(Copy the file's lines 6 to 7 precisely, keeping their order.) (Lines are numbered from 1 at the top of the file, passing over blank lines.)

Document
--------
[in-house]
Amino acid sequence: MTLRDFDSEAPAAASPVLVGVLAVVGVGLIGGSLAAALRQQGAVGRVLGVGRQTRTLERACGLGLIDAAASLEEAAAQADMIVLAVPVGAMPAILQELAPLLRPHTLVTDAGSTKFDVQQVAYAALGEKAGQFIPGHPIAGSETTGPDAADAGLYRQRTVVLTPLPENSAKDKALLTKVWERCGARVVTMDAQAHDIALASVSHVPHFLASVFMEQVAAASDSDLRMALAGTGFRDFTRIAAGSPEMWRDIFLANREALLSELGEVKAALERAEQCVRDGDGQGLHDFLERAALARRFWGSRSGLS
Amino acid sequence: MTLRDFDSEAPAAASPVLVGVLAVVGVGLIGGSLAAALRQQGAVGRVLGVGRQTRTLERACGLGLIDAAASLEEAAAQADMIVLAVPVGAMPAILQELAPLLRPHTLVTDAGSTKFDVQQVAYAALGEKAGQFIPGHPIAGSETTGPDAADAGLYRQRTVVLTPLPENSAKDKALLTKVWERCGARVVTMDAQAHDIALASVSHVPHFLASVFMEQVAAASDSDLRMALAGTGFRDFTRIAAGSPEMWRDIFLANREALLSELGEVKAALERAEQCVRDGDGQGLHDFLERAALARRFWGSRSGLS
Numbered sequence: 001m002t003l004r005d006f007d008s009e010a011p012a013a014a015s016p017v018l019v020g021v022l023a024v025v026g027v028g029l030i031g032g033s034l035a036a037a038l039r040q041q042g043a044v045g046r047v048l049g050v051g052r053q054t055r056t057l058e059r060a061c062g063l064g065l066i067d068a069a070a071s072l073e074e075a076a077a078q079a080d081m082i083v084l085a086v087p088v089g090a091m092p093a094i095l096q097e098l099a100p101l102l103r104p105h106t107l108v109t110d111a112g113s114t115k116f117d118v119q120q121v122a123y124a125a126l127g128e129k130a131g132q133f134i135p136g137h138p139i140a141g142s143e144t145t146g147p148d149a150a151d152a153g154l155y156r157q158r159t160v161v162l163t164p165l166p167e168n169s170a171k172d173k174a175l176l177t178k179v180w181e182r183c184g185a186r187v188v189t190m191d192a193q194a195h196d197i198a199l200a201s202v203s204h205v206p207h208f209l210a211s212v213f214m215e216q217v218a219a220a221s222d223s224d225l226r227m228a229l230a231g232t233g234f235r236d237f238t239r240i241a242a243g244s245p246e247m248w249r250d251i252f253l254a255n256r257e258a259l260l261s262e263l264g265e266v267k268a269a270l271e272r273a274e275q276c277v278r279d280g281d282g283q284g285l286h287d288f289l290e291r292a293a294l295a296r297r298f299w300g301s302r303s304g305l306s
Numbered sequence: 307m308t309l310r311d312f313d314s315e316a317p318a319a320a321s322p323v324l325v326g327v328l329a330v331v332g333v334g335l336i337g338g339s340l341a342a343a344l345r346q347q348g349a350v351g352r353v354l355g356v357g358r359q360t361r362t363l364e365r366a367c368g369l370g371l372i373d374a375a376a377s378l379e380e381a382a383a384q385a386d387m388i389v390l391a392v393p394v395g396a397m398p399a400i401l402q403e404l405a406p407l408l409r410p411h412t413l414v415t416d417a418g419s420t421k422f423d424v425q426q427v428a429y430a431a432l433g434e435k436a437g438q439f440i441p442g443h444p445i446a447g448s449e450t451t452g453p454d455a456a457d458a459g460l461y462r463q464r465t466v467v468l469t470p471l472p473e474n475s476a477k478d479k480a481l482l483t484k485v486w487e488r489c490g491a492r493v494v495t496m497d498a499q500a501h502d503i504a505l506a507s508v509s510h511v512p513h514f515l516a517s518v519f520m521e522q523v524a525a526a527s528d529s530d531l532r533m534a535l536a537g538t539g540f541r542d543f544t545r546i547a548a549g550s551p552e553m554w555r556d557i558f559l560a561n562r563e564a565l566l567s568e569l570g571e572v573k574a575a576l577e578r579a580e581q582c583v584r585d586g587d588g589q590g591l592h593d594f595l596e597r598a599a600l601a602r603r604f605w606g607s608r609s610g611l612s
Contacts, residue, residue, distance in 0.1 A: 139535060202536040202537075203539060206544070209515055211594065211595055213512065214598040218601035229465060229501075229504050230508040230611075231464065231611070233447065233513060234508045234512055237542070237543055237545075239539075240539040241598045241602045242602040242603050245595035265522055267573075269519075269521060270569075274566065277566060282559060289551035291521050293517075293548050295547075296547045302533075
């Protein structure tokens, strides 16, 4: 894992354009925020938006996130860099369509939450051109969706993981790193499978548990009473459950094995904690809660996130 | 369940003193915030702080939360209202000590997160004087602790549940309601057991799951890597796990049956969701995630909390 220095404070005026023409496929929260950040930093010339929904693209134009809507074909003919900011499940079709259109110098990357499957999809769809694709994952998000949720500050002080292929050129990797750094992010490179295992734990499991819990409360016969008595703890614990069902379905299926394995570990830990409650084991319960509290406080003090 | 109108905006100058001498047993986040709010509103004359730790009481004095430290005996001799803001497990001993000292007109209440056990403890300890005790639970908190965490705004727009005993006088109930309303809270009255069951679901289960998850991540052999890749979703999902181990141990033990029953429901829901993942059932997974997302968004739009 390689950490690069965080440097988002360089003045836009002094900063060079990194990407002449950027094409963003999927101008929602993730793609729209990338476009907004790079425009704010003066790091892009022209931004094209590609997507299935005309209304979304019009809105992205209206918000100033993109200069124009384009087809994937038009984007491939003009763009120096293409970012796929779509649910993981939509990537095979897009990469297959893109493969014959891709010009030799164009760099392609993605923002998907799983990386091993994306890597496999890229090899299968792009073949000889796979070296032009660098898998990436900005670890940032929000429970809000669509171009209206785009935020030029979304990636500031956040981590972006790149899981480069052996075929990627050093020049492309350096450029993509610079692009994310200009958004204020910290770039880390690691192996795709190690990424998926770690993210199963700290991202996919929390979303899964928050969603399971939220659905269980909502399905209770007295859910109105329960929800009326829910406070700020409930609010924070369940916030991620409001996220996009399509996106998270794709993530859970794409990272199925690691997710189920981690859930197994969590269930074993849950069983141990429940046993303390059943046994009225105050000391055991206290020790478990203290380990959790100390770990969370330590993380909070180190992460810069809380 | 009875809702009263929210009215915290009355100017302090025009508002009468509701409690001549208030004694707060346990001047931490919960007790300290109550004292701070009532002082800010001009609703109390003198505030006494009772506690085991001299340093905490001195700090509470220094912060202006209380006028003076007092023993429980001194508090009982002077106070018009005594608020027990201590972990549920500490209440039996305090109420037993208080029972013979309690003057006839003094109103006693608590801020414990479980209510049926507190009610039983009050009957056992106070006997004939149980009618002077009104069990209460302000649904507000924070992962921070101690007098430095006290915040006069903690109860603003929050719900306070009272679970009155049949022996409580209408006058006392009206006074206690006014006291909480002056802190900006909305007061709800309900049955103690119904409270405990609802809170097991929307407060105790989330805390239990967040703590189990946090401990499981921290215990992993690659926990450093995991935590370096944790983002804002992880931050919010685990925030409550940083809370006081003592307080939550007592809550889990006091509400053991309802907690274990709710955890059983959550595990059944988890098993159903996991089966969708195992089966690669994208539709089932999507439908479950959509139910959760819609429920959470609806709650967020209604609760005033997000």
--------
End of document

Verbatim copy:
Contacts, residue, residue, distance in 0.1 A: 139535060202536040202537075203539060206544070209515055211594065211595055213512065214598040218601035229465060229501075229504050230508040230611075231464065231611070233447065233513060234508045234512055237542070237543055237545075239539075240539040241598045241602045242602040242603050245595035265522055267573075269519075269521060270569075274566065277566060282559060289551035291521050293517075293548050295547075296547045302533075
């Protein structure tokens, strides 16, 4: 894992354009925020938006996130860099369509939450051109969706993981790193499978548990009473459950094995904690809660996130 | 369940003193915030702080939360209202000590997160004087602790549940309601057991799951890597796990049956969701995630909390 220095404070005026023409496929929260950040930093010339929904693209134009809507074909003919900011499940079709259109110098990357499957999809769809694709994952998000949720500050002080292929050129990797750094992010490179295992734990499991819990409360016969008595703890614990069902379905299926394995570990830990409650084991319960509290406080003090 | 109108905006100058001498047993986040709010509103004359730790009481004095430290005996001799803001497990001993000292007109209440056990403890300890005790639970908190965490705004727009005993006088109930309303809270009255069951679901289960998850991540052999890749979703999902181990141990033990029953429901829901993942059932997974997302968004739009 390689950490690069965080440097988002360089003045836009002094900063060079990194990407002449950027094409963003999927101008929602993730793609729209990338476009907004790079425009704010003066790091892009022209931004094209590609997507299935005309209304979304019009809105992205209206918000100033993109200069124009384009087809994937038009984007491939003009763009120096293409970012796929779509649910993981939509990537095979897009990469297959893109493969014959891709010009030799164009760099392609993605923002998907799983990386091993994306890597496999890229090899299968792009073949000889796979070296032009660098898998990436900005670890940032929000429970809000669509171009209206785009935020030029979304990636500031956040981590972006790149899981480069052996075929990627050093020049492309350096450029993509610079692009994310200009958004204020910290770039880390690691192996795709190690990424998926770690993210199963700290991202996919929390979303899964928050969603399971939220659905269980909502399905209770007295859910109105329960929800009326829910406070700020409930609010924070369940916030991620409001996220996009399509996106998270794709993530859970794409990272199925690691997710189920981690859930197994969590269930074993849950069983141990429940046993303390059943046994009225105050000391055991206290020790478990203290380990959790100390770990969370330590993380909070180190992460810069809380 | 009875809702009263929210009215915290009355100017302090025009508002009468509701409690001549208030004694707060346990001047931490919960007790300290109550004292701070009532002082800010001009609703109390003198505030006494009772506690085991001299340093905490001195700090509470220094912060202006209380006028003076007092023993429980001194508090009982002077106070018009005594608020027990201590972990549920500490209440039996305090109420037993208080029972013979309690003057006839003094109103006693608590801020414990479980209510049926507190009610039983009050009957056992106070006997004939149980009618002077009104069990209460302000649904507000924070992962921070101690007098430095006290915040006069903690109860603003929050719900306070009272679970009155049949022996409580209408006058006392009206006074206690006014006291909480002056802190900006909305007061709800309900049955103690119904409270405990609802809170097991929307407060105790989330805390239990967040703590189990946090401990499981921290215990992993690659926990450093995991935590370096944790983002804002992880931050919010685990925030409550940083809370006081003592307080939550007592809550889990006091509400053991309802907690274990709710955890059983959550595990059944988890098993159903996991089966969708195992089966690669994208539709089932999507439908479950959509139910959760819609429920959470609806709650967020209604609760005033997000």